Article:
Colombia’s central bank cut its benchmark rate by the smallest
amount in five months in a bid to spur growth without sparking
inflation, and said it doesn’t see additional rate changes in the “near
The seven-member board, led by bank chief Jose Dario Uribe, reduce the interbank rate by half a point to 4.5 percent, matching expectations of 24 of 31 economists surveyed by Bloomberg. Four analysts expected no change, one saw a 0.75- point cut and two expected a quarter-point cut.
Latin America’s fifth-biggest economy shrank for the first time since 1999 in the fourth quarter of 2008 and a report next week may show that gross domestic product contracted again in the first quarter. The slump has cooled consumer spending and slowed inflation to within the bank’s target range, giving policy makers room to continue their longest rate-cutting cycle in more than six years.
“A good part of the effect of the rate reductions on the economy will be seen in the coming quarters, and with the information available to us up to now, we don’t expect changes to the benchmark rate in the near future,” bank chief Uribe said today at the central bank in Bogota after the rate announcement.
The government has reduced its official economic growth forecast for 2009 twice, from 5 percent in October to 0.5 percent now, and may cut it further once first-quarter GDP data is released later this month.
Policy makers expect to see the effect of lower interest rates on the economy in the quarters ahead, as the economy recovers and inflation continues to fall toward their target, the bank said in a statement after the rate announcement.
“The central bank said very clearly it considers the current level already expansionary,” said Jimena Zuniga, Latin America economist at Barclays Capital in New York. “What we’re seeing now is fine tuning rather than shock therapy.”
Finance Minister Oscar Ivan Zuluaga, who is also president of the bank’s board, on June 16 said the economy is expected to improve in the second half and that GDP may expand 2.5 percent in 2010.
“Given the green shoots we’re observing in the global market and the up-tick in commodities, these suggest the economy will enjoy some tailwinds going forward,” said Zuniga, who expected the half-point reduction today.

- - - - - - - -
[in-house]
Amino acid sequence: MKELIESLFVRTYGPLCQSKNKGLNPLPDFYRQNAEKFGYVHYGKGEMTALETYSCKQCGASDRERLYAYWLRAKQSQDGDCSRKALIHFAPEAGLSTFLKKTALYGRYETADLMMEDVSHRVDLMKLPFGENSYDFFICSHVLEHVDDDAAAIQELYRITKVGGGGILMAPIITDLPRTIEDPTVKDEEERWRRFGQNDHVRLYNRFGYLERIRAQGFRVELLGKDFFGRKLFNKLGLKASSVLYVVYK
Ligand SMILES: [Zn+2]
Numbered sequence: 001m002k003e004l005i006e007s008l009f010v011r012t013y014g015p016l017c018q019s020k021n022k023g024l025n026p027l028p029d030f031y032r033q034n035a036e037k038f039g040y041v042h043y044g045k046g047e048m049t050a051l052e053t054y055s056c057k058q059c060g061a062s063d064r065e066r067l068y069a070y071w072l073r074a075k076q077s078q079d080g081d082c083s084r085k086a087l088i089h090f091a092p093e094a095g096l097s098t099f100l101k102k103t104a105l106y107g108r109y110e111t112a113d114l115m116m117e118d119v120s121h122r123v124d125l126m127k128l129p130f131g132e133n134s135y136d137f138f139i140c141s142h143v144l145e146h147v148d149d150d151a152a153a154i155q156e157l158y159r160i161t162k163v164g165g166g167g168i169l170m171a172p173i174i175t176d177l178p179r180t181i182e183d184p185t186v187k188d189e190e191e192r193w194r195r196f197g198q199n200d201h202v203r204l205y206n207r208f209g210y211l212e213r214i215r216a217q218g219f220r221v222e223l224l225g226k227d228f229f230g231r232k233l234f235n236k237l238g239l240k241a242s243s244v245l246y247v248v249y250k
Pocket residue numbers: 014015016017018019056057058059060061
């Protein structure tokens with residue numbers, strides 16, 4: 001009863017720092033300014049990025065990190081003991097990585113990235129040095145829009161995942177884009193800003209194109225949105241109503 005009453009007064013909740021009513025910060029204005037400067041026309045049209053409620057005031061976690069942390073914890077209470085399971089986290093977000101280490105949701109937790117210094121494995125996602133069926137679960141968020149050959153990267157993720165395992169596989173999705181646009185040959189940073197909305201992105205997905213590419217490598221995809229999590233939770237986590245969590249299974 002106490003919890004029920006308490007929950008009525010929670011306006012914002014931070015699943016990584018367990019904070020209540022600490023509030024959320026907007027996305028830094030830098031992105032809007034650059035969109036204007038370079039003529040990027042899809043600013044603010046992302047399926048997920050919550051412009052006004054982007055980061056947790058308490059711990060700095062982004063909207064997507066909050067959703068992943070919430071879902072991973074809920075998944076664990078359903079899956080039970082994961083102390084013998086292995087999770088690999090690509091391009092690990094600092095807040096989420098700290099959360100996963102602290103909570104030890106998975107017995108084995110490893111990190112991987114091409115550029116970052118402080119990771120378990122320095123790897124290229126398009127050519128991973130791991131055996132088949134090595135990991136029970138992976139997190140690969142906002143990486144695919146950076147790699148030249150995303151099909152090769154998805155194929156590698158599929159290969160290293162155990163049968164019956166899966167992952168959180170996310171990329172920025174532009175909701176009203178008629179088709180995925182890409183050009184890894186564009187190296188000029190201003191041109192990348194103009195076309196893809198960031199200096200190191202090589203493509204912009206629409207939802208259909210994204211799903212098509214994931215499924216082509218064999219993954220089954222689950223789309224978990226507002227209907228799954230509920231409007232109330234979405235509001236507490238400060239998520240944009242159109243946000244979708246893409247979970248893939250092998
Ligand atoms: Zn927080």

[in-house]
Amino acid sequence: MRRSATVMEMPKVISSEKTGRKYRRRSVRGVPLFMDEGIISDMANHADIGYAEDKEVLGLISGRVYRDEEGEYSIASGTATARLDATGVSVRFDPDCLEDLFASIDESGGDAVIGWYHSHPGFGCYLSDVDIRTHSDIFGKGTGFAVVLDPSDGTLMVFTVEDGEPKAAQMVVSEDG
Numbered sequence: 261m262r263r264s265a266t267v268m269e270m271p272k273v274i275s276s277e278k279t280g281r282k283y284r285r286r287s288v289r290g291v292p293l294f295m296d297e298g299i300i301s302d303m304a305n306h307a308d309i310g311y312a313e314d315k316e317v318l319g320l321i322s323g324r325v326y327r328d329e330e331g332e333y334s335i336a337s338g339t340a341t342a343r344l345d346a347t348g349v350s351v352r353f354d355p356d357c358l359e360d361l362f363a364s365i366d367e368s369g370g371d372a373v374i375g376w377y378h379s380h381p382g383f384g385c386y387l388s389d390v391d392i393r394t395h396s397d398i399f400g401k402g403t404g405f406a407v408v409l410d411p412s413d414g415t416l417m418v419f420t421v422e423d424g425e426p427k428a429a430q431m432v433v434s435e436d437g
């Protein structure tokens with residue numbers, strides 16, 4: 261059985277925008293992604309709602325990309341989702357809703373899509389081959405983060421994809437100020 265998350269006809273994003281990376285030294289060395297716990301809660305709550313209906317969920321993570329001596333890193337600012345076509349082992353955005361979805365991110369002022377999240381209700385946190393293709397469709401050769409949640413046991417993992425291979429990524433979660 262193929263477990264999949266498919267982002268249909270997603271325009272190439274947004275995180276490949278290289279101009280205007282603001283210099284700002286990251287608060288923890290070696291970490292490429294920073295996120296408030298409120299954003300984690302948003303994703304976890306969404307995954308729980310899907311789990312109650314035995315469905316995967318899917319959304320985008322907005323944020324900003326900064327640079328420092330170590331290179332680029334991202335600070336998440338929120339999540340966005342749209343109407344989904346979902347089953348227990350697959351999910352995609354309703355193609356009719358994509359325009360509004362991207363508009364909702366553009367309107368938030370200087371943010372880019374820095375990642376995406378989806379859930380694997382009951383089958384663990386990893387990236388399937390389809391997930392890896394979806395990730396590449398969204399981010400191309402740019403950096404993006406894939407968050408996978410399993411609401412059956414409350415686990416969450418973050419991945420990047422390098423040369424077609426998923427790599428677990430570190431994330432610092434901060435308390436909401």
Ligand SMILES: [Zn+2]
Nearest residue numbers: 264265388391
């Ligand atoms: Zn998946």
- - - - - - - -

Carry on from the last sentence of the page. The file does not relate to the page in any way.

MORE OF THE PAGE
The economy saw record growth through 2007 when GDP expanded 7.5 percent, a three-decade high. President Alvaro Uribe’s improvements in security created a boom in consumer spending, construction and industrial output.
That in turn sparked annual inflation last year that hit 7.7 percent, its highest in eight years. The central bank raised rates 16 times to bring prices under control.
Zuluaga said inflation should end this year at 5 percent and end 2010 at 4 percent. The board targets inflation this year of 4.5 percent to 5.5 percent. It has missed its annual target two years in a row.
After pushing the benchmark rate up to 10 percent last year, policy makers kept it at that level — the highest since August 2001 — until half-point cuts in December and January.
Before today, the bank trimmed the rate by a full point at each of the last four monthly meetings.
Now, after seven straight rate cuts, bank chief Uribe has cautioned against keeping rates low for too long, saying that by encouraging borrowing policy makers run the risk of fueling inflation.
“We have to take into consideration the time lag in the effects of the central bank’s decisions,” said Mario Nigrinis, an economist at BBVA Colombia. “If they are lowered too much, then they will need to be raised later and that creates market instability.”
Policy makers may signal that they will pause after today’s cut or say that the easing cycle is coming to an end, Rafael de la Fuente, chief Latin American economist at BNP Paribas SA in New York, wrote in a report ahead of the meeting.
“The bank has to consider 2010 inflation,” Nigrinis said. (Bloomberg)
Colombia’s consumer prices rose 0.01 percent in May from the previous month and the annual inflation rate eased to 4.77 percent from 5.73 percent in April.
Still, Camila Estrada, chief analyst at Banco de Credito de Colombia SA, thinks the economy still needs help.
Exports, industrial output and retail sales are weak and the economy expanded just 2.5 percent in 2008 as the global economic slump choked bank lending and sapped consumer confidence, she said.
Retail sales fell 7.1 percent in April from the year- earlier period, while industrial output fell 14.5 percent in April from a year earlier, the biggest decline in a decade, the national statistics agency said yesterday.
Bank chief Uribe said that output has “hit bottom,” in comments to reporters in Bogota today.
“The need for monetary stimulus hasn’t finished yet,” said Estrada, who sees the bank cutting the rate to 4 percent this year. “The economy remains in poor shape.”